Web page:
I’m way behind on the blogging – since
I was in
It’s quite different. New, modern high-rises are everywhere, huge amounts of construction going on. Some buildings like the university building, which was built post-war on the remains of a school/church and that the people hated, had been torn down and is being rebuilt. Other street and building construction was just renovation. And other construction was just new. In
The ride to
Our first evening we were pretty much all beat and did an easy supper – Auerbachs Keller. It’s in the middle of the main drag and was a 15 minute walk from our hotel, which was right outside the ring road. And it had vegetarian options. Mike was suspicious because it’s totally on the tourist map as it was featured in Goethe’s Foust and Goethe is a big deal. But the food was good. I was on the lookout for Leipziger Allerlei, one of the culinary specialties of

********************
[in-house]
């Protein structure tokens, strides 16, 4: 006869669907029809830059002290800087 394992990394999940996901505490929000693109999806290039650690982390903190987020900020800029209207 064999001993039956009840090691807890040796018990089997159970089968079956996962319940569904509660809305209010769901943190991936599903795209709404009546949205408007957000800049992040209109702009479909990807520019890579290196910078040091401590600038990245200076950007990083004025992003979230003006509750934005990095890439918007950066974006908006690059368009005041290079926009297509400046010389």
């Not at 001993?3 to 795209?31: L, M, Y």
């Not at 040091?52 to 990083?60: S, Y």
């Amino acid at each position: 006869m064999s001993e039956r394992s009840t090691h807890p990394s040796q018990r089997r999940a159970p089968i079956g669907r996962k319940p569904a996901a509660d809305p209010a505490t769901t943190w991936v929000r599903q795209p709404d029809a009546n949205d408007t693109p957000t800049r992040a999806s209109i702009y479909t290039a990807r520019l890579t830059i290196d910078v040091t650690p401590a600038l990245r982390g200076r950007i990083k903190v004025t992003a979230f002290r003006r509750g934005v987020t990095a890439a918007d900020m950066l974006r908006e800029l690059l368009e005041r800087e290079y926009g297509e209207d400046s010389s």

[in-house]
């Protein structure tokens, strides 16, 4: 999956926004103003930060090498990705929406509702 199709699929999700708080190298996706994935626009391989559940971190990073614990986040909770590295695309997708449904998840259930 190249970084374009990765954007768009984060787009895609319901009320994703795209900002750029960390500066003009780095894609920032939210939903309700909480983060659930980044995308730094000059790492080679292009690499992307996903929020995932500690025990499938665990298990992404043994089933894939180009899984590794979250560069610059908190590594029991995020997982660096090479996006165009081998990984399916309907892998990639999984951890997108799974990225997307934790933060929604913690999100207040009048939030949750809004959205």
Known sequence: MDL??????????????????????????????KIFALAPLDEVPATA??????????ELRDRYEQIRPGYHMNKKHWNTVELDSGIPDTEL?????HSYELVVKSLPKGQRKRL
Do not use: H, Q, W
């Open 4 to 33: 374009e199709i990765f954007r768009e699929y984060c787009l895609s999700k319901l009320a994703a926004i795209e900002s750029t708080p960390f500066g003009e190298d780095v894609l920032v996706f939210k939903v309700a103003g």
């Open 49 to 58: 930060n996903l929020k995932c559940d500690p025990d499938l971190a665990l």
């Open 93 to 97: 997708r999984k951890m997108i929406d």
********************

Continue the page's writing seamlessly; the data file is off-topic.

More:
On Tuesday we went to
Afterwards, we wandered around town. We basically walked the tour in our Lonely Planet, past the old and new markets, Rathaus, Frauenkirche, river bank, and Zwinger palace. Much of downtown is post WWII construction, as the downtown was leveled with firebombing. When I was last there, the Frauenkirche, the main protestant church that was built as a foil for the Catholic Hofkirche (the rulers were Catholic even though
One of my favorite spots was the raised promenade by the river. It is just behind the Frauenkirche and Residenz, right at the city center, and on top of what’s left of